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Louise Erdrich's mesmerizing new novel, her first in almost three years, centers on a compelling mystery. The unsolved murder of a farm family haunts the small, white, off-reservation town of Pluto, North Dakota. The vengeance exacted for this crime and the subsequent distortions of truth transform the lives of Ojibwe living on the nearby reservation and shape the passions of both communities for the next generation. The descendants of Ojibwe and white intermarry, their lives intertwine; only the youngest generation, of mixed blood, remains unaware of the role the past continues to play in their lives.
Evelina Harp is a witty, ambitious young girl, part Ojibwe, part white, who is prone to falling hopelessly in love. Mooshum, Evelina's grandfather, is a seductive storyteller, a repository of family and tribal history with an all-too-intimate knowledge of the violent past. Nobody understands the weight of historical injustice better than Judge Antone Bazil Coutts, a thoughtful mixed blood who witnesses the lives of those who appear before him, and whose own love life reflects the entire history of the territory. In distinct and winning voices, Erdrich's narrators unravel the stories of different generations and families in this corner of North Dakota. Bound by love, torn by history, the two communities' collective stories finally come together in a wrenching truth revealed in the novel's final pages.
The Plague of Doves is one of the major achievements of Louise Erdrich's considerable oeuvre, a quintessentially American story and the most complex and original of her books.
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Louise Erdrich is the author of fifteen novels as well as volumes of poetry, children’s books, short stories, and a memoir of early motherhood. Her novel The Round House won the National Book Award for Fiction. The Plague of Doves won the Anisfield-Wolf Book Award and was a finalist for the Pulitzer Prize, and her debut novel, Love Medicine, was the winner of the National Book Critics Circle Award. Erdrich has received the Library of Congress Prize in American Fiction, the prestigious PEN/Saul Bellow Award for Achievement in American Fiction, and the Dayton Literary Peace Prize. She lives in Minnesota with her daughters and is the owner of Birchbark Books, a small independent bookstore.From AudioFile:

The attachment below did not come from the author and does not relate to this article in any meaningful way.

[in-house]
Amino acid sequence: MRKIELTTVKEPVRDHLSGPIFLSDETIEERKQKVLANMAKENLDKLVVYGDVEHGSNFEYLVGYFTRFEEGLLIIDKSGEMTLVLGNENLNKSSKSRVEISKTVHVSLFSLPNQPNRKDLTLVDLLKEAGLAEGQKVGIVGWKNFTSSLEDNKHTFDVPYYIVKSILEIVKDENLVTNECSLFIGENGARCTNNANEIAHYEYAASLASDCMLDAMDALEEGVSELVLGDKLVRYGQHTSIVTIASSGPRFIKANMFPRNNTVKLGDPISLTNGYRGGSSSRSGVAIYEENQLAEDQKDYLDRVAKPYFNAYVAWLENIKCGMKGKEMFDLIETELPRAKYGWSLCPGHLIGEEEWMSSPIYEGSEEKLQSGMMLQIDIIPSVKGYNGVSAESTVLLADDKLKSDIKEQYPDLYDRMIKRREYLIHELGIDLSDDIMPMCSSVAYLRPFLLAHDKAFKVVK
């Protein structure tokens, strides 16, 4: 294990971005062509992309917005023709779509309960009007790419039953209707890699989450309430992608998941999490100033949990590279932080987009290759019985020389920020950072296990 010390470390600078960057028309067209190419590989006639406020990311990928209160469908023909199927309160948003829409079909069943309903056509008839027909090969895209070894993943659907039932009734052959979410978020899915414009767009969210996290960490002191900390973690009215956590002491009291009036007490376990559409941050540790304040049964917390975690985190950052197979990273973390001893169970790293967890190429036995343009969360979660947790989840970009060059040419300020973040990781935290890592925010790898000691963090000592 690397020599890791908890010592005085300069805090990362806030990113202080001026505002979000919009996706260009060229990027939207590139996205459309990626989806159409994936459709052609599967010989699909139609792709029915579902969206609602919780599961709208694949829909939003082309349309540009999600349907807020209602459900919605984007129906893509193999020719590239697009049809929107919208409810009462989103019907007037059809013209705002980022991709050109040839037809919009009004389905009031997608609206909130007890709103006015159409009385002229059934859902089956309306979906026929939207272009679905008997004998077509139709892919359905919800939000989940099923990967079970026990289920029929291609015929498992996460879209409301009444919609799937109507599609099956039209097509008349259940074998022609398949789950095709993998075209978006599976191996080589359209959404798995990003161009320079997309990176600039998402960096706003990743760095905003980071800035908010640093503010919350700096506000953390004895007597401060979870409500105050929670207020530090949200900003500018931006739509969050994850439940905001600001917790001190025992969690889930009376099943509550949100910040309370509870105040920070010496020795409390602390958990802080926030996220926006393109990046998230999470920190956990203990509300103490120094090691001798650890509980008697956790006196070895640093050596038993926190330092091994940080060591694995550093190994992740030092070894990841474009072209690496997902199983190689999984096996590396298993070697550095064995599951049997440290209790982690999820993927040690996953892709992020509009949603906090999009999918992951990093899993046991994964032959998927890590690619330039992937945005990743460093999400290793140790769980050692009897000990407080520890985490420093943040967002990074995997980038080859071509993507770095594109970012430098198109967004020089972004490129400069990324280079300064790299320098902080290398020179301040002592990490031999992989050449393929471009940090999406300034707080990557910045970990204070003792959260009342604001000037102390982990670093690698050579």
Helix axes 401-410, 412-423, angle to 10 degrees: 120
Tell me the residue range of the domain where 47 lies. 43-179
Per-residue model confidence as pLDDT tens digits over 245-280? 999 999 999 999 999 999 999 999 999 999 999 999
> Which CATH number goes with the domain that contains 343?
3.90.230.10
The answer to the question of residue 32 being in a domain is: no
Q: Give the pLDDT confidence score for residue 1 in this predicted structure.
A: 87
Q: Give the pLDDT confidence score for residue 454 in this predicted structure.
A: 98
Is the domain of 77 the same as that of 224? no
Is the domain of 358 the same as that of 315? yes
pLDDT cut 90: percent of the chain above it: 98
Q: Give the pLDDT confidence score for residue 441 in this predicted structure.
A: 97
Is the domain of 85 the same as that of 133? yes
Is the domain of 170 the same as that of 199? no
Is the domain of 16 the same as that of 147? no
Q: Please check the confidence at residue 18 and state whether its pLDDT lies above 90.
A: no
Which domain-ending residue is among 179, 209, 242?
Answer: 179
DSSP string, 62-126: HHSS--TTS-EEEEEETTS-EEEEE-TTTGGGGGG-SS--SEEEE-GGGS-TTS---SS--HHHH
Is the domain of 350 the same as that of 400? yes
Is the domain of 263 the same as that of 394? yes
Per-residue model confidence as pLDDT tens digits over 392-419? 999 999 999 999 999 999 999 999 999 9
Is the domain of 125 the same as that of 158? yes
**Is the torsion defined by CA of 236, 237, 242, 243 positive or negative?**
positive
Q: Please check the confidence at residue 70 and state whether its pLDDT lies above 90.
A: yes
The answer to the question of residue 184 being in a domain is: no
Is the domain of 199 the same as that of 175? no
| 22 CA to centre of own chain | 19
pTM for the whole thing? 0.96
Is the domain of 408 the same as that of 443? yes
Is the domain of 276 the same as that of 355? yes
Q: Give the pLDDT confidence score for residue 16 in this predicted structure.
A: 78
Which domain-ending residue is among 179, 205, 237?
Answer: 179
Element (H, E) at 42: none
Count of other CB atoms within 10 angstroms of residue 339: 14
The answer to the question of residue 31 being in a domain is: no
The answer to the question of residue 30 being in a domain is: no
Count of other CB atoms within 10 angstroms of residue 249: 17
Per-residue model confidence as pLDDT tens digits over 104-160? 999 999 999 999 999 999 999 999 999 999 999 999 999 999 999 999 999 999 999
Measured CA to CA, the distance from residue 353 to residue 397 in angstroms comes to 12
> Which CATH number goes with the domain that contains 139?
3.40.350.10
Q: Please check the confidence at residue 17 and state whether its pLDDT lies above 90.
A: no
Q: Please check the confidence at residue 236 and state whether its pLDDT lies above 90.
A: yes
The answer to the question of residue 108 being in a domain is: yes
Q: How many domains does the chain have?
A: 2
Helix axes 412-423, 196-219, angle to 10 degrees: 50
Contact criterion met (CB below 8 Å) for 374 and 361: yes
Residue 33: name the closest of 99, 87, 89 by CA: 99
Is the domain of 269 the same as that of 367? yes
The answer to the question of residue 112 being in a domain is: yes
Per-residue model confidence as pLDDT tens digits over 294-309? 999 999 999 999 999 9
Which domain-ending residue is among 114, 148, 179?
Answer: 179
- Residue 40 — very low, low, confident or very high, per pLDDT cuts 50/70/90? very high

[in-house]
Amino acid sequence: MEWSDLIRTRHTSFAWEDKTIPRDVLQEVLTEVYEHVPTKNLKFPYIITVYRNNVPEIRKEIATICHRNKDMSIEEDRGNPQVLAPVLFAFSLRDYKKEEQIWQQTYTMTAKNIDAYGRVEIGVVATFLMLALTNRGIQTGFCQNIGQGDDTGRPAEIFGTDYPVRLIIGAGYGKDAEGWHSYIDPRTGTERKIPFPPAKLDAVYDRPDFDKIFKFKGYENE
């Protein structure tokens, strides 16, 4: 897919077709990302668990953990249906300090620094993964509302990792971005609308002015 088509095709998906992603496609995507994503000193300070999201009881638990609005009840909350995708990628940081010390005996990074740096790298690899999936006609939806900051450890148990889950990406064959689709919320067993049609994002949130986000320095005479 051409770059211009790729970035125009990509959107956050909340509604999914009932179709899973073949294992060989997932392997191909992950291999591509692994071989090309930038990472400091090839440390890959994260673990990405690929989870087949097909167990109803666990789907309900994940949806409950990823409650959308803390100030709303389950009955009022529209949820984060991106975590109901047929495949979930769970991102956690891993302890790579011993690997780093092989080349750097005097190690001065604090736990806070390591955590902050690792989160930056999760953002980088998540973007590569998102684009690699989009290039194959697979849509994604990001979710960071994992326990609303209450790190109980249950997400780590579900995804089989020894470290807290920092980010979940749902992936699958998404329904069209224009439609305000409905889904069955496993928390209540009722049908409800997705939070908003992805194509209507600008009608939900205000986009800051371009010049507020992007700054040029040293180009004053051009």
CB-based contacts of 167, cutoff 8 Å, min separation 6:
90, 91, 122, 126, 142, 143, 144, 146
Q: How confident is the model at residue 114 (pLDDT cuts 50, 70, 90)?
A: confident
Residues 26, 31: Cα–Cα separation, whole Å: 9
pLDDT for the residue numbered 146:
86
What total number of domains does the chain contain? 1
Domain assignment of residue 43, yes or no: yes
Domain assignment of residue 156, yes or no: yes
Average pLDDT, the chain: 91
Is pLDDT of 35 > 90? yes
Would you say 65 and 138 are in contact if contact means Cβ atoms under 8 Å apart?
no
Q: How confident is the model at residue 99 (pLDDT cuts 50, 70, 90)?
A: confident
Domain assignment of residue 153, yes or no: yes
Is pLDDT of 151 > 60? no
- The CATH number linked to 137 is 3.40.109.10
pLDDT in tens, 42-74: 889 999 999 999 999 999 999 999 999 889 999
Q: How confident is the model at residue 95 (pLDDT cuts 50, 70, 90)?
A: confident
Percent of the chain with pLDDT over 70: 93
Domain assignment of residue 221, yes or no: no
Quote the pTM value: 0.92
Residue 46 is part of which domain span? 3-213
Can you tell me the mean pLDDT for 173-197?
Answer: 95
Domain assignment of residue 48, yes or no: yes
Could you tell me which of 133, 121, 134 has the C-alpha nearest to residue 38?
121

Louise Erdrich richly details the lives of intertwined generations, white and Native American, in the town of Pluto, North Dakota. Kathleen McInerney shines as Evelina Harp, who tells what she knows about the mystery that haunts the town's residents, the unsolved murder of a family in 1911. Peter Francis James's deep voice provides an excellent counterpoint to McInerney's as he gives the perspective of Antone Bazil Coutts, another descendent whose life is deeply influenced by the events of the past. Erdrich is a master storyteller known for her compelling novels, and her lyrical, recursive narrative style is enriched by the narrators' ability to fully portray her characters. This ideal match of writer and readers creates a memorable and moving experience. R.F. Winner of AudioFile Earphones Award © AudioFile 2008, Portland, Maine
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Book Description HarperAudio, 2009. Audio CD. Condition: New. Never used!. Seller Inventory # P110061780243